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Megan Thee Stallion: ‘Protect Black Women’ Shouldn’t Be A Controversial Thing To Say

“We deserve to be protected as human beings,” the rapper writes in a powerful New York Times opinion piece.

Megan Thee Stallion is calling out a culture that still disregards and disrespects Black women — despite rallying cries for racial justice and equality.

In a poignant New York Times op-ed published Tuesday, the “Savage” rapper addresses the presidential campaign, sexism, police brutality and the indifference she has recently received after being violently assaulted. She also touches on her appearance on “Saturday Night Liveearlier this month in which she protested the decision not to indict officers involved in Breonna Taylor’s death and spoke out in support of Black women.

“I’m not afraid of criticism,” the 25-year-old hip-hop star writes in the Times. “We live in a country where we have the freedom to criticize elected officials. And it’s ridiculous that some people think the simple phrase ‘Protect Black women’ is controversial. We deserve to be protected as human beings.”

Megan Thee Stallion begins her piece by pointing out the strange dichotomy Black women currently feel in the weeks leading up to the 2020 presidential election.

“Black women are expected once again to deliver victory for Democratic candidates,” she writes. “We have gone from being unable to vote legally to a highly courted voting bloc — all in little more than a century. Despite this and despite the way so many have embraced messages about racial justice this year, Black women are still constantly disrespected and disregarded in so many areas of life.”

Megan Thee Stallion, here at the 2019 MTV Video Music Awards, addresses the fractured expectations surrounding Black women.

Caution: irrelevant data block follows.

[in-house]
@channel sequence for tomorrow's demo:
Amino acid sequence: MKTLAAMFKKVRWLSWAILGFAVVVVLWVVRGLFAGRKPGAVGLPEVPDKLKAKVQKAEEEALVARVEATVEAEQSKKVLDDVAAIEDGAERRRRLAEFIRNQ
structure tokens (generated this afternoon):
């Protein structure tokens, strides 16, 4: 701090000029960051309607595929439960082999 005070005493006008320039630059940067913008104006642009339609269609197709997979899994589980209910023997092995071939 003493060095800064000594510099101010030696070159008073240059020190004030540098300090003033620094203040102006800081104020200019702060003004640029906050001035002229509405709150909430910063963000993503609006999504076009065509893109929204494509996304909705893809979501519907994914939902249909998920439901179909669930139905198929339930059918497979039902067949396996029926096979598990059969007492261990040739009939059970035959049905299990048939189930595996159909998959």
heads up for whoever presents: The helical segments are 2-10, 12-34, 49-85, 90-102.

John Shearer via Getty Images
Megan Thee Stallion, here at the 2019 MTV Video Music Awards, addresses the fractured expectations surrounding Black women.

She lays out examples of this by pulling from her own life, touching on the violence she recently experienced and the irrelevance she received. In July, the “WAP” rapper was wounded after Canadian rapper Tory Lanez shot her in the feet several times after she exited his vehicle. Last week, the Los Angeles County district attorney’s office charged Lanez (real name Daystar Peterson) with one felony count each of assault with a semiautomatic firearm and carrying a loaded unregistered firearm in a vehicle.

In response to the news, many — including model and cookbook author Chrissy Teigen — made light of the situation by cracking jokes at Megan Thee Stallion’s expense online. Draya Michele, a reality TV personality and ambassador for Rihanna’s Savage X Fenty line, speculated on a podcast that Megan Thee Stallion and Lanez were engaged in a “Bobby and Whitney love,” saying “I want you to love me so much you shoot me in the foot,” per Vulture. Lanez even dropped an album denying Megan Thee Stallion’s claims.

In her New York Times piece, Megan Thee Stallion writes that she was shocked and traumatized by the assault, and waited a little over a month before confirming that she was shot by Lanez on Instagram Live because she feared she would be “met with skepticism and judgment.”

“The way people have publicly questioned and debated whether I played a role in my own violent assault proves that my fears about discussing what happened were, unfortunately, warranted,” she writes.

Megan Thee Stallion also denies being in a relationship with Lanez and is critical of those who jumped to that conclusion, writing that “violence against women is not always connected to being in a relationship.”

“Instead, it happens because too many men treat all women as objects, which helps them to justify inflicting abuse against us when we choose to exercise our own free will.”

She adds that this female experience is intensified for Black women, “who struggle against stereotypes and are seen as angry or threatening when we try to stand up for ourselves and our sisters.”

“There’s not much room for passionate advocacy if you are a Black woman,” she wrote, noting earlier in the piece that she feels Black women are “entitled” to be angry due to a “laundry list of mistreatment and neglect that we suffer.”

And although Megan Thee Stallion hopes to one day live in a world in which Black women are as respected and supported as their white and male counterparts, she also believes “that will take time.”

She then circles back to the election and the role Black women are expected to play in it.

“Black women are not naïve,” she concludes. “We know that after the last ballot is cast and the vote is tallied, we are likely to go back to fighting for ourselves. Because at least for now, that’s all we have.”

To read Megan Thee Stallion’s entire opinion article, head over to The New York Times.

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